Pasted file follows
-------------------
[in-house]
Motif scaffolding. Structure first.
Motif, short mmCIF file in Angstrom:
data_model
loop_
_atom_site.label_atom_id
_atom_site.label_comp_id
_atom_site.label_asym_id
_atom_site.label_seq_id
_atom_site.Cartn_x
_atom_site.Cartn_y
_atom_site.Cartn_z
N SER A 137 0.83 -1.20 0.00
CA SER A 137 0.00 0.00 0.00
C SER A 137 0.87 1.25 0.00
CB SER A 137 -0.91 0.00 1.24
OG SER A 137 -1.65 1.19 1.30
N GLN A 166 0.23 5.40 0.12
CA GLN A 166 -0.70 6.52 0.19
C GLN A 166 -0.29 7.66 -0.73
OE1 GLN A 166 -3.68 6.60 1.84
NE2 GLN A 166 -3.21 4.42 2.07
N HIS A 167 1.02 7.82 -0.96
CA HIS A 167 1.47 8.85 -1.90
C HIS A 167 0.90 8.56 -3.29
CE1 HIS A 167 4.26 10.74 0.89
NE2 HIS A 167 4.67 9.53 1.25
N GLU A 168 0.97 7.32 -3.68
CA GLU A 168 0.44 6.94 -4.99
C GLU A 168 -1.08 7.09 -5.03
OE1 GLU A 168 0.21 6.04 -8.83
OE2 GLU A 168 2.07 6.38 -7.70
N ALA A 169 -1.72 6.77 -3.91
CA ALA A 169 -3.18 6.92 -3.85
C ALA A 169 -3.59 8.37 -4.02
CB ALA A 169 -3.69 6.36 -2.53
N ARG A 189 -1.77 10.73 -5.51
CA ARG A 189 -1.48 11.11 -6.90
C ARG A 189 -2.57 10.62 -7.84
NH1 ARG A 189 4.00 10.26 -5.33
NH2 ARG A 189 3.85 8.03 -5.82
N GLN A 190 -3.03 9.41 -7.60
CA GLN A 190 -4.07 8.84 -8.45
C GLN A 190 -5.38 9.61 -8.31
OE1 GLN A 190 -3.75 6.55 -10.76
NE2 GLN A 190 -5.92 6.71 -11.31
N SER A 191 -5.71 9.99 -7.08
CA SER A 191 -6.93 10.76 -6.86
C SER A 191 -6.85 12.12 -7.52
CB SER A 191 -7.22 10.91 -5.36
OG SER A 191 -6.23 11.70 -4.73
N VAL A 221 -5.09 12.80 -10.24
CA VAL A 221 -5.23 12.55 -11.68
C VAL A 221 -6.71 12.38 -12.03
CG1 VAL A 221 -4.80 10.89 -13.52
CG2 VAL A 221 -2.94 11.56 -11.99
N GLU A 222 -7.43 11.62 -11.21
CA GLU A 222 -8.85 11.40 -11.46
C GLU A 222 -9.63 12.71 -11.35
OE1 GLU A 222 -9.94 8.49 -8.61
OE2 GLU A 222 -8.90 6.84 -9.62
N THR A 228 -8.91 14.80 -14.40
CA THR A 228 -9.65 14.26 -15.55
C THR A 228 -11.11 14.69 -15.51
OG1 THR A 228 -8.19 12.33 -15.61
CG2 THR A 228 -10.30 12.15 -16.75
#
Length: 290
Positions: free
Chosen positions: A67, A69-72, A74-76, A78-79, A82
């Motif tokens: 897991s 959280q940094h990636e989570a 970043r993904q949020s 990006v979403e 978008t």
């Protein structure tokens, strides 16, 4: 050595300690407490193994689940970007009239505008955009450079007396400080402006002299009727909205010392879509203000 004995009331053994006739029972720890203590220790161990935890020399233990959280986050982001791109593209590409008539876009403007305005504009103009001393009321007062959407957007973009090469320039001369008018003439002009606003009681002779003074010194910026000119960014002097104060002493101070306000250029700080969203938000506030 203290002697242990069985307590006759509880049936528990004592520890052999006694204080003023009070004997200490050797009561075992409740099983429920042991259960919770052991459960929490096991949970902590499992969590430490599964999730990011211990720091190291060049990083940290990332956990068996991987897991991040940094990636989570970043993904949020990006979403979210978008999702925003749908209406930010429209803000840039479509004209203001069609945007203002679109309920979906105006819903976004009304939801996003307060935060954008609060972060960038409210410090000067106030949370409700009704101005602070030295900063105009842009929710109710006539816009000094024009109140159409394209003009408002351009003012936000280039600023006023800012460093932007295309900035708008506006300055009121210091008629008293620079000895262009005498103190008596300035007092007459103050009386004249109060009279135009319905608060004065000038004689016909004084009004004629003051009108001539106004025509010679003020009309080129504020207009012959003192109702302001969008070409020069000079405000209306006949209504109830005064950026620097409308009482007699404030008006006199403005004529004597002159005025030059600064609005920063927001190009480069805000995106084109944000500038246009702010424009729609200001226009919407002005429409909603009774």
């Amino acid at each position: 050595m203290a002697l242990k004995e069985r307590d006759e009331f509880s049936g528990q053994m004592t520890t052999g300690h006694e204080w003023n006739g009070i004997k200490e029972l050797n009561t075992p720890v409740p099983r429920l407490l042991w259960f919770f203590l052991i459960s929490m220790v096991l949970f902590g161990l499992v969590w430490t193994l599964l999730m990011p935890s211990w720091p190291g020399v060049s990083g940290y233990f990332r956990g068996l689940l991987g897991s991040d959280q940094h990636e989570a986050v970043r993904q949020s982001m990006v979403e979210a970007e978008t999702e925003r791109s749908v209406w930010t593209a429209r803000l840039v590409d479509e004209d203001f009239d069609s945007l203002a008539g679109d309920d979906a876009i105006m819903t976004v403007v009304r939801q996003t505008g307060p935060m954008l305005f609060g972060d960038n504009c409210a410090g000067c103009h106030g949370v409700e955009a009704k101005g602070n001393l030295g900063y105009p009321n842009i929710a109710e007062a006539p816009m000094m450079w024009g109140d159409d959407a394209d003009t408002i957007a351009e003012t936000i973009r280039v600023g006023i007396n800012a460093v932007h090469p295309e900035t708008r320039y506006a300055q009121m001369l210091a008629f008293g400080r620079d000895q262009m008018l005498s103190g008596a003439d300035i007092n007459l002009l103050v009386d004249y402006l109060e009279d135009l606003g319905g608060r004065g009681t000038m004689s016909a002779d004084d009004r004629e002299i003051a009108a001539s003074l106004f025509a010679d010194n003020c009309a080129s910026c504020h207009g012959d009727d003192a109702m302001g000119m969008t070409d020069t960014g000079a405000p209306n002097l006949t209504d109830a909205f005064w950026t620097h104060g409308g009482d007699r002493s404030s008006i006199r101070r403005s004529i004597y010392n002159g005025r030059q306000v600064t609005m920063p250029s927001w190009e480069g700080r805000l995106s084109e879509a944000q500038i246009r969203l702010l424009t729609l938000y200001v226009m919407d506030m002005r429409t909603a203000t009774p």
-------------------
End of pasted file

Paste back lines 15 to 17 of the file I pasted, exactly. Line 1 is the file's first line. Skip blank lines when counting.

C SER A 137 0.87 1.25 0.00
CB SER A 137 -0.91 0.00 1.24
OG SER A 137 -1.65 1.19 1.30